Alcoholics Anonymous (‘AA’) is an example of a well known program which comes to mind for most people. A key aspect of such rehabilitation programs is the “12 step program” originally introduced by AA. At Valiant Recovery we also incorporate the “12 step program,” along with other effective treatments.
Taking a personalized approach to all of our treatments, we design our treatment around each individual. Every person has their different and individual needs for a successful treatment process. We are committed to providing for each of these needs and addictions. At Valiant Recovery we emphasize one-on-one counseling to deal with personal issues and allow for diagnosis of any concurrent disorders. If any additional disorders are discovered they are incorporated into the individual program for that person.
At Valiant Recovery our clients’ care and recovery is our priority. We know that when you can sense genuine concern from caregivers, your treatment time will be more positive and productive.
At Valiant Recovery our programs consist of a balance of different therapy models. These include experiential therapy which is the use of daily activities such as nature walks, skiing, golfing, or horse back riding. These activities are enjoyable and provide positive and healthy experiences of a life worth living.
Alcohol Addiction Recovery
Valiant Recovery understands that it takes a serious commitment and several months before the addiction to alcohol is completely gone. We will provide continuing care and relapse prevention plans to help our clients live a free and sober life. Our post-care counselors will help you find post treatment support in your home town.
The term “sexual addiction” is used to describe the behavior of a person who has an unusually intense sex drive or an obsession with sex. Sex and the thought of sex tend to dominate the sex addict’s thinking, making it difficult to work or engage in healthy personal relationships.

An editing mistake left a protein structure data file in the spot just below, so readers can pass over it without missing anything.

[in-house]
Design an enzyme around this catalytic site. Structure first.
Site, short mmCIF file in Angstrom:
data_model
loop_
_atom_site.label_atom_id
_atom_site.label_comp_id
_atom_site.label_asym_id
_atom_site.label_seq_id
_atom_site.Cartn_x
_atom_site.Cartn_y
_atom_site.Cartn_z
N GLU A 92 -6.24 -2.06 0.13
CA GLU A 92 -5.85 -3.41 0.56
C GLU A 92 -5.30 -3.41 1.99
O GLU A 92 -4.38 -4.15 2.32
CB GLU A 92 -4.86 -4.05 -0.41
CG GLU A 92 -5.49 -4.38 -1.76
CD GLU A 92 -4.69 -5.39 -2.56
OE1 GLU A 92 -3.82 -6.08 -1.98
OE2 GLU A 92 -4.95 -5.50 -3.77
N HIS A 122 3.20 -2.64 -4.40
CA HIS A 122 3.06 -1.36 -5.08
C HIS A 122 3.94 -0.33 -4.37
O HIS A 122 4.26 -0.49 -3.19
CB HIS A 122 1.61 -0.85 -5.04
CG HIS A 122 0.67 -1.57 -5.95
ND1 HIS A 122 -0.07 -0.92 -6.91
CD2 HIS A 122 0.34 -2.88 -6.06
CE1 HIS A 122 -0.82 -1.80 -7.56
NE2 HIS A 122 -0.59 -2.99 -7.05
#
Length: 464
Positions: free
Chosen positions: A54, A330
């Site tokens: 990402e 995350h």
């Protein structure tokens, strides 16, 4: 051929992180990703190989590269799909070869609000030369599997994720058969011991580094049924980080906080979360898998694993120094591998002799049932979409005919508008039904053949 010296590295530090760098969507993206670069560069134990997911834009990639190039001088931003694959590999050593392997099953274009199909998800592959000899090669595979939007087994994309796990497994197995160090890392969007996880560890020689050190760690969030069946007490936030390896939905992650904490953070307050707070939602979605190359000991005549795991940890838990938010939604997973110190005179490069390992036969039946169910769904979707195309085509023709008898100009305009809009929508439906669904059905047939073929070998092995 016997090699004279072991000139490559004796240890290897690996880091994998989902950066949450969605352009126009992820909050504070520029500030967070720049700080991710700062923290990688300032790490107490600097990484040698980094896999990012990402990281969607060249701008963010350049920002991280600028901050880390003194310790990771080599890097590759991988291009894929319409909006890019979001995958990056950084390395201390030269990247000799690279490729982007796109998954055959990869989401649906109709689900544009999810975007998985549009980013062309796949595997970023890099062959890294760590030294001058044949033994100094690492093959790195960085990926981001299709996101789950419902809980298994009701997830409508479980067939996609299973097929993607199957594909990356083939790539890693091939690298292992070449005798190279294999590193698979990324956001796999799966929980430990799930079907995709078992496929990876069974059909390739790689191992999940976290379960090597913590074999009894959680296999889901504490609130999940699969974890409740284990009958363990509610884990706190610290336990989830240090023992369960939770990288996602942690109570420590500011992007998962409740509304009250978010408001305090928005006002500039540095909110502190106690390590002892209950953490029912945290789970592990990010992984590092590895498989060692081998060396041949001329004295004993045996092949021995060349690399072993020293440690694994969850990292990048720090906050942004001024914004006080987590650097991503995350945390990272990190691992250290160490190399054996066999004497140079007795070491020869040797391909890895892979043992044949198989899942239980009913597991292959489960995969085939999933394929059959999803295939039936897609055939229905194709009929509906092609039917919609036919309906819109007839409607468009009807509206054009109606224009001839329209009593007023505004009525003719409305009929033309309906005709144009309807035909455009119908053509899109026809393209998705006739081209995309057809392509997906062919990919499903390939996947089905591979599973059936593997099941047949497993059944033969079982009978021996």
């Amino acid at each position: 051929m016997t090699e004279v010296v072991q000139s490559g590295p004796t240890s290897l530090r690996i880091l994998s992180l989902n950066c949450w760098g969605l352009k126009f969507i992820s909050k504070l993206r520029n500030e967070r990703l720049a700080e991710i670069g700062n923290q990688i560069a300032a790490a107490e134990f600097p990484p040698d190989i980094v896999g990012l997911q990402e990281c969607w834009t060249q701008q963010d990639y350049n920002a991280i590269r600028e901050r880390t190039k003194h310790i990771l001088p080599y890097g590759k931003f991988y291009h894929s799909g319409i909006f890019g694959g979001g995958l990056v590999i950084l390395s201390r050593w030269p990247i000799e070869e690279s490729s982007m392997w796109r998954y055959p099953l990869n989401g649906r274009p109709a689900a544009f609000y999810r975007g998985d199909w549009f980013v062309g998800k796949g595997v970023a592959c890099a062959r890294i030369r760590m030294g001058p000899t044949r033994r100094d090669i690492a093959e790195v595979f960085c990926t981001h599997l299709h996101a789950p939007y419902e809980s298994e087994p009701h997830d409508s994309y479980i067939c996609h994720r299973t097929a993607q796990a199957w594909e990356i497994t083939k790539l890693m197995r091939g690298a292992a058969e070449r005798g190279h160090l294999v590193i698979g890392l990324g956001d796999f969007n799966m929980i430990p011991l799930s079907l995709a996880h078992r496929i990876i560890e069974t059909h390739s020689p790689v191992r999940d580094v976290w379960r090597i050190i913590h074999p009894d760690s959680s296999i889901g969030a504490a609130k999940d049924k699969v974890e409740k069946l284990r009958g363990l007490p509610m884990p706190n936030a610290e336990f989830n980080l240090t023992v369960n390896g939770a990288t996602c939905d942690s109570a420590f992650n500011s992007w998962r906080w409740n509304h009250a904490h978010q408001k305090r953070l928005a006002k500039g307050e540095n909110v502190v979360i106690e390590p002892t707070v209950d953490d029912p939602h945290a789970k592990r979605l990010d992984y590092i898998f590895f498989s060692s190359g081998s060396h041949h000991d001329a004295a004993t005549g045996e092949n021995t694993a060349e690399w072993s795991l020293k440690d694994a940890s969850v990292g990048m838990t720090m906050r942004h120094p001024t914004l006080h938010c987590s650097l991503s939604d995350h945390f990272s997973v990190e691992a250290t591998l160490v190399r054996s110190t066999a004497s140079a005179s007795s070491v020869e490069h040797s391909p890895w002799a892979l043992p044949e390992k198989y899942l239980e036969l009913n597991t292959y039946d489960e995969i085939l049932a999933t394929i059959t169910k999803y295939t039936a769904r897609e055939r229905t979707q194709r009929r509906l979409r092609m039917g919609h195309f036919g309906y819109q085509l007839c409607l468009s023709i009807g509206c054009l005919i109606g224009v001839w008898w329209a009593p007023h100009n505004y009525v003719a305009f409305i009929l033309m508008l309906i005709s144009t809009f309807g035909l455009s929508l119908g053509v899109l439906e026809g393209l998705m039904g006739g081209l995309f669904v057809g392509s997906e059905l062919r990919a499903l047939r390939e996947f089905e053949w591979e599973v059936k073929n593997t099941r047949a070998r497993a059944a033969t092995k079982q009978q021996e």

Sex addicts engage in distorted thinking, often rationalizing and justifying their behavior and blaming others for problems. They generally deny they have a problem and make excuses for their actions.
“Sexual addiction” is defined not by the type of sexual act performed or even by the frequency of sexual activity. Instead, it is defined by an addict’s compulsive use of sex to address non-sexual emotional needs. It is frequently indicated by the willingness of an addict to suffer enormous consequences for engaging in sex. “Sexual addiction” has very little to do with sex, and alot to do with why we have sex to begin with.
It is thought that sex is used by the addict as an escape, a means of avoiding stress, emotional strain, boredom, anxiety, and the pursuant shame and isolation that results from their compulsive behavior. Sex may be used to feel powerful or desirable. The addict displays increasingly secretive behavior, deception, and withdrawal from those closest to him.
“Sexual addiction” is as much of a problem as a “chemical substance addiction”. “Sexual addiction” often coexists with chemical dependency and if untreated contributes to chemical abuse relapse.
“Sexual addiction” is also associated with “risk-taking”. A person with a sex addiction engages in various forms of sexual activity, despite the potential for negative and/or dangerous consequences. In addition to damaging the addict’s relationships and interfering with his or her work and social life, sexual addiction also puts the person at risk for emotional and physical injury. For some people, the sex addiction progresses to involve illegal activities, such as exhibitionism (exposing oneself in public), making obscene phone calls, buying sex, or molestation. However, it should be noted that sex addicts do not necessarily become sex offenders.
For many people sexual addiction has its roots in a family history of sexual abuse and addiction.